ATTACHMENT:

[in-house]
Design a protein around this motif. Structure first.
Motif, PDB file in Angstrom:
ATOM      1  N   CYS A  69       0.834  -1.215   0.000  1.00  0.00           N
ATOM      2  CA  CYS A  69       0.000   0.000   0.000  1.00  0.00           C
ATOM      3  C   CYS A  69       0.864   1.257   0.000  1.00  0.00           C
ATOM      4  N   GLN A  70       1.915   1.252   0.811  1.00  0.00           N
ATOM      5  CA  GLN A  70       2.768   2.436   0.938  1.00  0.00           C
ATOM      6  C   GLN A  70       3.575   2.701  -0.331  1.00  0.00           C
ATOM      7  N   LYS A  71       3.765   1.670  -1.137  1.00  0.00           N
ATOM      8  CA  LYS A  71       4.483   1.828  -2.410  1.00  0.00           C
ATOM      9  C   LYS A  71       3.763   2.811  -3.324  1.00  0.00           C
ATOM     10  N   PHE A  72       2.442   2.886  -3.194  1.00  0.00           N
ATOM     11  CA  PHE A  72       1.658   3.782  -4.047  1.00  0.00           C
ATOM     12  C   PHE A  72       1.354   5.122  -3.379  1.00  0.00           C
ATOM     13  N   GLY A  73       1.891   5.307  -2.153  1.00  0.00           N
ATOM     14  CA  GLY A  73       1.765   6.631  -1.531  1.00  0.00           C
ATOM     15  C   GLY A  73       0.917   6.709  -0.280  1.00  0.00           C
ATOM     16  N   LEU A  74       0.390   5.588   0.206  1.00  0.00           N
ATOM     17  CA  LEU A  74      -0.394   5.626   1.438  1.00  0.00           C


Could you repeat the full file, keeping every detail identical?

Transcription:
[in-house]
Design a protein around this motif. Structure first.
Motif, PDB file in Angstrom:
ATOM      1  N   CYS A  69       0.834  -1.215   0.000  1.00  0.00           N
ATOM      2  CA  CYS A  69       0.000   0.000   0.000  1.00  0.00           C
ATOM      3  C   CYS A  69       0.864   1.257   0.000  1.00  0.00           C
ATOM      4  N   GLN A  70       1.915   1.252   0.811  1.00  0.00           N
ATOM      5  CA  GLN A  70       2.768   2.436   0.938  1.00  0.00           C
ATOM      6  C   GLN A  70       3.575   2.701  -0.331  1.00  0.00           C
ATOM      7  N   LYS A  71       3.765   1.670  -1.137  1.00  0.00           N
ATOM      8  CA  LYS A  71       4.483   1.828  -2.410  1.00  0.00           C
ATOM      9  C   LYS A  71       3.763   2.811  -3.324  1.00  0.00           C
ATOM     10  N   PHE A  72       2.442   2.886  -3.194  1.00  0.00           N
ATOM     11  CA  PHE A  72       1.658   3.782  -4.047  1.00  0.00           C
ATOM     12  C   PHE A  72       1.354   5.122  -3.379  1.00  0.00           C
ATOM     13  N   GLY A  73       1.891   5.307  -2.153  1.00  0.00           N
ATOM     14  CA  GLY A  73       1.765   6.631  -1.531  1.00  0.00           C
ATOM     15  C   GLY A  73       0.917   6.709  -0.280  1.00  0.00           C
ATOM     16  N   LEU A  74       0.390   5.588   0.206  1.00  0.00           N
ATOM     17  CA  LEU A  74      -0.394   5.626   1.438  1.00  0.00           C